The perils of living next to mardy locals
Dear number 60, I do not know how to unblock the drain
Remember when you lived in halls and could play music and laugh until the early hours with only the temporary noise ban of May holding you back? Yeah, me too.
Transitioning into second year is new and exciting. Like caterpillars into butterflies, you finally flee campus and move into an actual house. It just feels so mature.
Think weekly house parties, drunken walks home with £1.50 Hatch burgers in tow, morning fry ups en mass… only to be ruined by the dreaded busybody neighbour.
With their noise complaints and passive-aggressive notes, the resident neighbour quickly becomes your worst enemy. It’s like the movie “Bad Neighbours” without a topless Zac Efron.
Speaking from experience, you may come to find you’re dealing with one or two sets of resident neighbours, both always as mardy as the other. In this instance, give up hope of getting away with after parties and big pres. The residents will swarm and they aren’t a force to be reckoned with.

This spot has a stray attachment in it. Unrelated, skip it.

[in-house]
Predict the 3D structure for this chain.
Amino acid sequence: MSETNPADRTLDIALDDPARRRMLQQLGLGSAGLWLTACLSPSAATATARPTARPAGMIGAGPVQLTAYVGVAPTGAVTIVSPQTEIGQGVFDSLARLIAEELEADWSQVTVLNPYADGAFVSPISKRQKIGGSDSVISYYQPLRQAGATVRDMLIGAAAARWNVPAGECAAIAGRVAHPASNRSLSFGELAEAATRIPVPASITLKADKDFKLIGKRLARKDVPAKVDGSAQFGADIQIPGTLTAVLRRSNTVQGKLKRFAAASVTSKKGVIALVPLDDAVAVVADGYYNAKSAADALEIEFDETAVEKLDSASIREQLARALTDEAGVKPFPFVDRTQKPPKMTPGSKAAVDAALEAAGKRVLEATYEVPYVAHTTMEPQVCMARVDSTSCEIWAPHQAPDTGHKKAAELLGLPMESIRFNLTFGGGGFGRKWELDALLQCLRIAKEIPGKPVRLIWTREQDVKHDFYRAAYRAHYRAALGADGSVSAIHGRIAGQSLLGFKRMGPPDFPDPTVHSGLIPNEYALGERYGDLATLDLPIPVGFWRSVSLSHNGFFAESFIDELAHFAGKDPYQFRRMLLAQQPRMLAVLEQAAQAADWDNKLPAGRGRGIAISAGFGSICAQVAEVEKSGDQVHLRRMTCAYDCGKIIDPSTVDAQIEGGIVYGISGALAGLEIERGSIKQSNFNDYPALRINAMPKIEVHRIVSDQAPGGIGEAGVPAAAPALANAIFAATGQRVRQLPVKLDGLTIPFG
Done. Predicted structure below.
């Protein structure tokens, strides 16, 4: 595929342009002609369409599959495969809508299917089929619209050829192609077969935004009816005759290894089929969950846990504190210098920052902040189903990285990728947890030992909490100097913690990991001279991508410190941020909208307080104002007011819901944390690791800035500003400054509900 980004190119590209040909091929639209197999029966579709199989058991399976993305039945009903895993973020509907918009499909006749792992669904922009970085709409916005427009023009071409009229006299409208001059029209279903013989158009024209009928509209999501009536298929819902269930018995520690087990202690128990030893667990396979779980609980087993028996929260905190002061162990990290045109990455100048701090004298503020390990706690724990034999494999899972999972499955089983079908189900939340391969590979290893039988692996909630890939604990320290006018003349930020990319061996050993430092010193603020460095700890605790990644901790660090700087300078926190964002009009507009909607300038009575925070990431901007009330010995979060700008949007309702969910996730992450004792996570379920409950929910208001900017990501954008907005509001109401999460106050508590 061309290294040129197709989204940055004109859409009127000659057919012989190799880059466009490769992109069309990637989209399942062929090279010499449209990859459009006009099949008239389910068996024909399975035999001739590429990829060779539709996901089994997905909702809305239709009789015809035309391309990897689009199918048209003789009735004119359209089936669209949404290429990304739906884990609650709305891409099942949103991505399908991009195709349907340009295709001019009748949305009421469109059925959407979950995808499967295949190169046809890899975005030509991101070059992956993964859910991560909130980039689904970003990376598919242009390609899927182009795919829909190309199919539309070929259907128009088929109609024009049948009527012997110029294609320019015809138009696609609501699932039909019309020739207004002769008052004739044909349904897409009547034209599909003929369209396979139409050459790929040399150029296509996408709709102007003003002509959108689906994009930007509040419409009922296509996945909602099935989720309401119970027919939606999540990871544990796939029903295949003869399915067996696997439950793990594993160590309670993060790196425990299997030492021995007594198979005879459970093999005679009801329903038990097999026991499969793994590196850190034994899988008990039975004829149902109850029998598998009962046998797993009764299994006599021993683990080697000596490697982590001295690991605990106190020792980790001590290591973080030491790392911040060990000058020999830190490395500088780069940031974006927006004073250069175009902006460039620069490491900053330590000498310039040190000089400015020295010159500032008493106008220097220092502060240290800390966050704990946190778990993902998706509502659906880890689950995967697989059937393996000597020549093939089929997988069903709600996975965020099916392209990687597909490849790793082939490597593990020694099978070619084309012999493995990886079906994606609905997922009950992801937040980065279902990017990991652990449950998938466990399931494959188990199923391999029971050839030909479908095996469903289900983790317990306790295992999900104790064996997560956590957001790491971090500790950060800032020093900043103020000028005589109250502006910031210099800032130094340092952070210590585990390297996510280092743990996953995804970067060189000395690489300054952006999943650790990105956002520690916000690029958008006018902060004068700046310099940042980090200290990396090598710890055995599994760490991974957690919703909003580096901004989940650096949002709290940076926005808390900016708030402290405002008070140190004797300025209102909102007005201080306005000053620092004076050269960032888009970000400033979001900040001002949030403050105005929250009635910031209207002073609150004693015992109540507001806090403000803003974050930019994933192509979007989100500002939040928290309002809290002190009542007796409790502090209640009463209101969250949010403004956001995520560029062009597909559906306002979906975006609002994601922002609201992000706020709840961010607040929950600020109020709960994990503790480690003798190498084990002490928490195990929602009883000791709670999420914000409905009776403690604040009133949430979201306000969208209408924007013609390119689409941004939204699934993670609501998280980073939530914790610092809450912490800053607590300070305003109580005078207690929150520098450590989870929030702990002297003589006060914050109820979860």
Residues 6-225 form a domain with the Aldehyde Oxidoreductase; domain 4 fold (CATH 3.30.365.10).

Having a big one? Think twice. It’s always the crack of dawn the next day when they’ll come knocking to tell you that you woke their children at 4am with your “choruses” of laughter. Sorry, but last time checked, no student on the face of the earth settled down at 22:30pm as is apparently embedded in the poxy resident contract.
In cahoots with the Dean of the uni, the resident neighbours will always dish out threats involving some sort of imminent disciplinary action, which all sounds like a big joke until the landlord comes round to inform you that you’re on your last warning. But when were we on the first?
So with all music off by 11pm and doors closed to minimise the distance sound can travel, you’ll settle down for a more low key night in the hopes of not further prodding the beast.
But remember, the neighbours don’t have any renters contract to adhere to, nor do they have the threat of the elusive Dean… so while you’re trying to keep them happy, don’t forget that you can still hear their crying children and barking mutts through the walls.
And so the war rages on. Angered by the most trivial things like the leaves in your drain, the passive aggressive resident neighbour often chooses to remain faceless. Leaving notes on the front door for all to see, the messages are friendly until the neighbours feel they’ve been ignored.
This is where the relationship breaks down. There will be no nods hello, no chit-chat when the bins go out. Instead it’s all eyes down and awkward evenings out-noising each other.